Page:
NAWG Newsletter – Quick Edition: Week of March 28, 2013

March 28, 2013 Bookmark and Share

Spring has not quite sprung in Washington, with a late-season snow fall here on Monday. We hope this quick update finds you with good weather for the week. Please join us between updates online at and


Congress on Two-Week Spring Recess

Members of Congress are in their districts this week and next for a spring recess over the Passover and Easter holidays. The Senate is scheduled to be back in session on April 8, with the House back on April 9. NAWG encourages farmer-leaders to meet with their Members of Congress during recess to discuss priorities including the ongoing farm bill process.

Both Chambers Pass FY2014 Budget Resolutions; Obama Proposal Delayed

Both chambers of Congress passed budget resolutions before leaving town, with the Senate approving its first budget in four years early Saturday morning on a 50-49 vote. The House plan was passed 221-207 earlier in the week. As the vote totals indicate, both measures were largely partisan documents, though their passage is a step toward regular order for the Congressional budgeting and appropriations processes and a sign of some willingness to compromise on overall federal spending. Word came Thursday that the Obama Administration is planning to send its budget proposal to Capitol Hill on April 10. Typically, the president’s proposal goes to the Hill in early February, but this year’s product has been delayed in part because of uncertainty about sequestration cuts.

Study Shows Renewable Fuels Credits Not a Factor in Higher Gas Prices

According to a new analysis conducted by Informa Economics, the renewable fuel standard (RFS) and its renewable identification number (RIN) credits have not been a factor in higher retail gasoline prices this spring. The report concluded that the RFS and RINs, in particular, have not been a “demonstrable factor in the rise in retail gasoline prices that has occurred in early 2013.” The renewable fuels standard, which NAWG supports, has come under increasing criticism, largely from the oil and gas industry. The Informa Economics analysis concluded that ethanol-blended gasoline is saving consumers an average of 4 cents per gallon based on straight blending economics. The full study is online at

Enforcement of Spill Prevention, Control and Countermeasure (SPCC) Rules Delayed

The recently-enacted continuing resolution contained language delaying enforcement of the Spill Prevention, Control and Countermeasure (SPCC) rules for agriculture for 180 days. As stated in the legislation, “No funds made available under this Act shall be used for a 180 day period beginning on the date of enactment of this Act to enforce with respect to any…the Spill, Prevention Control and Countermeasures rule, including amendments to that rule, promulgated by the Environmental Protection Agency under part 112 of Title 40 of the Code of Federal Regulations.”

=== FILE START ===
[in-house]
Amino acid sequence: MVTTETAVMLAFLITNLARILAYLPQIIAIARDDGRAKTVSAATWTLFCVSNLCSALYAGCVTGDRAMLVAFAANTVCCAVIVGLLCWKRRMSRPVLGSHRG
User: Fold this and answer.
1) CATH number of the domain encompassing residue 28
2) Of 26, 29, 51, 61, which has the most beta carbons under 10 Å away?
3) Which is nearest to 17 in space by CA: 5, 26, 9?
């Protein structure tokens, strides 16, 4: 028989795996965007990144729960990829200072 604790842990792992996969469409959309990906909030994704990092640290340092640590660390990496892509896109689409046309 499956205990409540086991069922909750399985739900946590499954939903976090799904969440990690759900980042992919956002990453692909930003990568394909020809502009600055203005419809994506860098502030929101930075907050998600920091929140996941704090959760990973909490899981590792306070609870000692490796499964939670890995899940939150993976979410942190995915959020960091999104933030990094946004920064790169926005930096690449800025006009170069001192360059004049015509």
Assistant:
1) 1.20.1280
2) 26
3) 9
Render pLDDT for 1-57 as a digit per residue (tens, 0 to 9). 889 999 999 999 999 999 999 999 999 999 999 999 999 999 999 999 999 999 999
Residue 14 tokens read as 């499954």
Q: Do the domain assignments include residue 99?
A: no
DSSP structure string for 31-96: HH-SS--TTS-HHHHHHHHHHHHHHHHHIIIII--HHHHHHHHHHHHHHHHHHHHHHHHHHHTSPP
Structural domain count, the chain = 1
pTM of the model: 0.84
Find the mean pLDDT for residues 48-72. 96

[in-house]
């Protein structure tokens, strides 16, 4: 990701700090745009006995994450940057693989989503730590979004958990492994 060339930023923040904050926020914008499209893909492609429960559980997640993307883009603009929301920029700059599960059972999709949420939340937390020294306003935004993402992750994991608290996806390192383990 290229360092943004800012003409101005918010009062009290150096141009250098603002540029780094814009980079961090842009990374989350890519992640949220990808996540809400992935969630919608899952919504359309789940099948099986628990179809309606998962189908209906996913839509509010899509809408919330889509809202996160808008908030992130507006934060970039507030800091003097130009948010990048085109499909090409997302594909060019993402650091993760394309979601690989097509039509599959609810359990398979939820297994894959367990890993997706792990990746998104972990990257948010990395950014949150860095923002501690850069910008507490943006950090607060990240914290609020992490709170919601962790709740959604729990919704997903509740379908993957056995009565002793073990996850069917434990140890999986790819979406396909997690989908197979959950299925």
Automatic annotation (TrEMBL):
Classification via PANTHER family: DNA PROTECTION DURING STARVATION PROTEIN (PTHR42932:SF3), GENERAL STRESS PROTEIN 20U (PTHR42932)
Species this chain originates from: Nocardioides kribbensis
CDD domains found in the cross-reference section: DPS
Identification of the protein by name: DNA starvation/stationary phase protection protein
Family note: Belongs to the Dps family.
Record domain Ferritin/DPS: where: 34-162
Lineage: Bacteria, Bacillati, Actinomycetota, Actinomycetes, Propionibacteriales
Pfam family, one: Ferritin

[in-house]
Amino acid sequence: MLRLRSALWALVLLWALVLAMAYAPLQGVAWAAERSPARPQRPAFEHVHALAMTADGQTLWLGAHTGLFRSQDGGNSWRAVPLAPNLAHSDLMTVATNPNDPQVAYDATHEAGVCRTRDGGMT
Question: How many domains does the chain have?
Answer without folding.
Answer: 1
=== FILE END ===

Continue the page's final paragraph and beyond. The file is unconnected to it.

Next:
Under the SPCC rule, farmers need spill prevention plans if an oil spill from their farms could reach a water of the United States and if they store oil (such as diesel, gasoline, hydraulic oil, lube oil, crop oil or vegetable oil) in aboveground quantities of more than 1,320 gallons or completely buried tanks of more than 42,000 gallons. More about ag-related SPCC requirements is at

Ag Groups Write to Support Japan’s Participation in TPP

More than 70 food and ag groups wrote President Barack Obama this week urging a warm welcome to Japan in the Trans-Pacific Partnership (TPP) trade negotiations. The country announced its intention to join the talks earlier this month, winning widespread support in the U.S., particularly the agriculture sector. “The addition of Japan to the negotiations will exponentially increase the importance of the TPP to U.S. farmers and ranchers, processors and exporters as well as other sectors of the U.S. economy,” the letter’s signatories said. Japan is the world’s third largest economy and the United States’ fourth largest ag export market. Japan is also often the biggest buyer of U.S. wheat in the world. The U.S. wheat industry strongly supports a successful TPP agreement. The full letter sent this week is at

More Leadership Moves Announced for USDA Agencies

Leadership changes continue at USDA as the Obama Administration eases into its second term. USDA Undersecretary for Rural Development Dallas Tonsager announced Wednesday he will leave the Department in early May. USDA Deputy Secretary Kathleen Merrigan also recently announced she will be leaving in early May. Appointments announced this week include Cheryl Cook as USDA’s chief information officer; Johnie Jones as deputy chief of staff for rural development; Mike Schmidt as deputy administrator for farm programs at USDA’s Farm Service Agency (FSA); and Susan Keith as a deputy administrator within the Grain Inspection, Packers and Stockyards Administration (GIPSA).

Earlier this month, USDA announced appointments of two deputy chiefs of staff, Anne MacMillan and Oscar Gonzales, Jr. MacMillan will handle external affairs and policy while Gonzales will handle operational issues. They will replace Carole Jett, the current deputy chief of staff, who is leaving the Department early next month after 37 years in public service.

Extra Credit: USW’s Report on Wheat Conditions from Around the Country

U.S. Wheat Associates, the industry’s market development organization and a NAWG sister association, recently asked its state wheat commission members to share some information about local crop conditions. Conditions in Eastern soft red winter (SRW) states and the desert Southwest looked good, while much of the Southern and Central Plains continues to suffer from drought conditions. Farmers in Northern states are looking toward the beginning of spring for planting or for wheat to begin breaking dormancy. The full report is available in USW’s Wheat Letter from March 21, 2013, online at